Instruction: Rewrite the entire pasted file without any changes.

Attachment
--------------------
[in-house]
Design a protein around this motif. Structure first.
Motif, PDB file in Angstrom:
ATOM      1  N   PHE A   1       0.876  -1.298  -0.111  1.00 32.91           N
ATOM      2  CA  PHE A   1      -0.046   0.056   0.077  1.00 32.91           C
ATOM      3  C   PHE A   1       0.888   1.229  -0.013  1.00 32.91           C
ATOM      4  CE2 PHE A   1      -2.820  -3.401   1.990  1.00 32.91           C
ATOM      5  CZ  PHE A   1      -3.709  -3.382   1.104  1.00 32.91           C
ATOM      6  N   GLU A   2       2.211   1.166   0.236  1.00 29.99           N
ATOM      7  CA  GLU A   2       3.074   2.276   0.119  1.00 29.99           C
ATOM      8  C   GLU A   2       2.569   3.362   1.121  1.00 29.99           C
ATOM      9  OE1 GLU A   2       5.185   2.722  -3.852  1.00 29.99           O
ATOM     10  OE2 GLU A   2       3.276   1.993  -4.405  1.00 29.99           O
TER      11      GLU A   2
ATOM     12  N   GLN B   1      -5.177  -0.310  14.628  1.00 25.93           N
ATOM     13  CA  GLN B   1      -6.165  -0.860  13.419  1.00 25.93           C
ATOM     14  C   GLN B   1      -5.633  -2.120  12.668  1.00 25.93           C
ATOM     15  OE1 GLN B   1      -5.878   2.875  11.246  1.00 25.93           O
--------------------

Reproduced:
[in-house]
Design a protein around this motif. Structure first.
Motif, PDB file in Angstrom:
ATOM      1  N   PHE A   1       0.876  -1.298  -0.111  1.00 32.91           N
ATOM      2  CA  PHE A   1      -0.046   0.056   0.077  1.00 32.91           C
ATOM      3  C   PHE A   1       0.888   1.229  -0.013  1.00 32.91           C
ATOM      4  CE2 PHE A   1      -2.820  -3.401   1.990  1.00 32.91           C
ATOM      5  CZ  PHE A   1      -3.709  -3.382   1.104  1.00 32.91           C
ATOM      6  N   GLU A   2       2.211   1.166   0.236  1.00 29.99           N
ATOM      7  CA  GLU A   2       3.074   2.276   0.119  1.00 29.99           C
ATOM      8  C   GLU A   2       2.569   3.362   1.121  1.00 29.99           C
ATOM      9  OE1 GLU A   2       5.185   2.722  -3.852  1.00 29.99           O
ATOM     10  OE2 GLU A   2       3.276   1.993  -4.405  1.00 29.99           O
TER      11      GLU A   2
ATOM     12  N   GLN B   1      -5.177  -0.310  14.628  1.00 25.93           N
ATOM     13  CA  GLN B   1      -6.165  -0.860  13.419  1.00 25.93           C
ATOM     14  C   GLN B   1      -5.633  -2.120  12.668  1.00 25.93           C
ATOM     15  OE1 GLN B   1      -5.878   2.875  11.246  1.00 25.93           O